And when ISP's like Comcast call themselves an Internet Service Provider (ISP) it's also something of a misnomer since no cable company actually provides the CONTENT or services OF the Internet. Rather these "ISP's" simply provide access TO the content (where "their content" may have been illegally made available - but then that's a whole other argument).

So could you please do your homework before writing these inaccurate articles? Point here is that Comcast and Netflix are -- and never were -- business partners, although I will admit my ignorance when it comes to Wall Street-like business entities. It's really a still-developing story of how an up and coming rich fool like Netflix has just been robbed by an above the law mega THIEF calling itself Comcast.

... And don't expect the FCC to be of any help here either. They're 0 for 2 and about to strike out (if this were a baseball game).


... Sorry for the caps as the site didn't have a way I could use italics or bold type.


Netfilx and Comcast are not technically competitors. Neftlix is a content provider and is in the entertainment market, while Comcast is in the ISP business. Where you are correct though is that they certainly have a conflict of interest. Netflix's goal is to deliver content as quickly as possible to as large an audience as possible, and Comcast's is to simply make money by charging for bandwidth.


Where the grey area lies is do we consider Netflix and Comcast to be "partners". I don't know why this matter of classification is important, but my opinion is yes.

Now that Netflix has paid off Comcast they should be considered partners. Whether this is a fair partnership or not is irrelevant (though obviously it is not). They are partners in the sense that one now relys on the other for business. Previously since Netflix did not need to pay off anyone to reach its viewers effectively, its content distribution could be considered equal between all ISPs. Now that ISPs are restricting access to their viewers by imposing extra charges, a "partnership" could be necessary for Netflix to retain its original audience level.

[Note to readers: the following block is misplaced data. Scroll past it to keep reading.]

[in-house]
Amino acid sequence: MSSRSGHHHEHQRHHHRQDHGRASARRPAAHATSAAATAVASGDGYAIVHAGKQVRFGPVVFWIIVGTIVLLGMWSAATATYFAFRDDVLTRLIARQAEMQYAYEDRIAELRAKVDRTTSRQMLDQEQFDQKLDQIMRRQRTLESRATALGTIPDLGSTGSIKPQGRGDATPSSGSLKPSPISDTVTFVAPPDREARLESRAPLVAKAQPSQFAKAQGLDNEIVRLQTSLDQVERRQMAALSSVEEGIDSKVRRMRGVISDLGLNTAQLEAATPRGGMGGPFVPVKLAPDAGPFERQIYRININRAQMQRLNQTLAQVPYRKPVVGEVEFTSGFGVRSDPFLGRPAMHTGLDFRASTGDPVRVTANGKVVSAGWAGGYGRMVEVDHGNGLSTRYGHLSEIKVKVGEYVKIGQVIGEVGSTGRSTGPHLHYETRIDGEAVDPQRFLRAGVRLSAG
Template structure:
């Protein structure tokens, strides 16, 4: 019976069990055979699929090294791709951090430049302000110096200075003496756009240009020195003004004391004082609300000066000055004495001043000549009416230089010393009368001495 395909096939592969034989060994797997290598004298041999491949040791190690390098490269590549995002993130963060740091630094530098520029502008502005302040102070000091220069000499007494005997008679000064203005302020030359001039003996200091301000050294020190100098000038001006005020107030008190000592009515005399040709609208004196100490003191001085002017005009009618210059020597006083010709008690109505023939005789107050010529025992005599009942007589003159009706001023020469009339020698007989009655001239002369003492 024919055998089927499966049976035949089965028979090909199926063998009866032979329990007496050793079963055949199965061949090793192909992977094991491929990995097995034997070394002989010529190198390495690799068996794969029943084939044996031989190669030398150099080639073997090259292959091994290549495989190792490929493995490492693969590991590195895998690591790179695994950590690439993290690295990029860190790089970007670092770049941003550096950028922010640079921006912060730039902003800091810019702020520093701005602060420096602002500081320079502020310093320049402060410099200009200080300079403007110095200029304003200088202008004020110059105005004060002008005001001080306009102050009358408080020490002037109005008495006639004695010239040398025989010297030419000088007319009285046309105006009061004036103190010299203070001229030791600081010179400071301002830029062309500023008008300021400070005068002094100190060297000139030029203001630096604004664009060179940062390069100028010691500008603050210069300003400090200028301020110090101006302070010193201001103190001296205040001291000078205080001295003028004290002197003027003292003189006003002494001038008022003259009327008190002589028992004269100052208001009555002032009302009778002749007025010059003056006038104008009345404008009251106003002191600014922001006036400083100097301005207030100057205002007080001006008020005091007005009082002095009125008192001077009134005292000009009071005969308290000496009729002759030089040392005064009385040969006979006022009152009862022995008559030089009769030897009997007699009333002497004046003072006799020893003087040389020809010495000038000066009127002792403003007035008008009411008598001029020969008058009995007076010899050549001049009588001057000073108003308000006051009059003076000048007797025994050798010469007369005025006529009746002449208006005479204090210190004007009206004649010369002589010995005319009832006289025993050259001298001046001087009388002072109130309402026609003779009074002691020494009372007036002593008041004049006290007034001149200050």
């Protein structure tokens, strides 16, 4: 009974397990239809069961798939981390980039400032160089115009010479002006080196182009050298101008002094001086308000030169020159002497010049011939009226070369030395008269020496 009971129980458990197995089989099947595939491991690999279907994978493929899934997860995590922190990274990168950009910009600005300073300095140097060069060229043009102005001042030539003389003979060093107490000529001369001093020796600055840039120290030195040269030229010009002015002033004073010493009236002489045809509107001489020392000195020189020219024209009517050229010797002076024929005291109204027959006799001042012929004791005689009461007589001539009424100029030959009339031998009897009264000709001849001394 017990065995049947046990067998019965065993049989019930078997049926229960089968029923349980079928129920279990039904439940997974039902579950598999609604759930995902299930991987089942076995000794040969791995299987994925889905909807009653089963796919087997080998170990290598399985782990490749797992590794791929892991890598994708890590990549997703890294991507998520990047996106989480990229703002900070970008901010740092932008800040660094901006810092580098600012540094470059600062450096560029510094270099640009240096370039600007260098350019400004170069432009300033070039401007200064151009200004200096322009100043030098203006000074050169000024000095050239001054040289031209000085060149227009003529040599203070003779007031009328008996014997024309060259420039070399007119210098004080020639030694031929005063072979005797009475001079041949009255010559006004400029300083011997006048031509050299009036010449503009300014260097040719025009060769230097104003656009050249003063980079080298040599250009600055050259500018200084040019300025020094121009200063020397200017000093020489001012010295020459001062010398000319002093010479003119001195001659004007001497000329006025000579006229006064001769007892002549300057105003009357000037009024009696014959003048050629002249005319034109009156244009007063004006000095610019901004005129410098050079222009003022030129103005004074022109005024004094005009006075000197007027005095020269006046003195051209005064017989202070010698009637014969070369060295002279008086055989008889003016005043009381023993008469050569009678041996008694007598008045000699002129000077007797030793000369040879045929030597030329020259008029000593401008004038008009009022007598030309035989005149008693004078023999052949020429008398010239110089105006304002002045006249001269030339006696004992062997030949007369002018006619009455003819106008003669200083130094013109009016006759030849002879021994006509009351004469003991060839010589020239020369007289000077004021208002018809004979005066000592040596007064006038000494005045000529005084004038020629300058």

I think you may be confusing the word "partnership" with a sense of equality. This does not have to be true in a business environment. People can call the relationship between Netflix and Comcast what every they want, as long as they know what is going on.

yeah i think you took the wrong meaning from that.

I disagree! Because if Comcast and Netflix are "partners" then so too are every other entities traffic that flows through Comcast's "last mile." Look at it this way: YouTube and Comcast are not partners yet YouTube is delivered over the exact same pathways that Netflix is. So why is Netflix a "partner" and YouTube not? I say it's because Netflix decided to be a victim and give in to Comcast's strong-arm tactics. Nothing more. I would no more call these arrangements partnerships than I would call a robbery a partnership.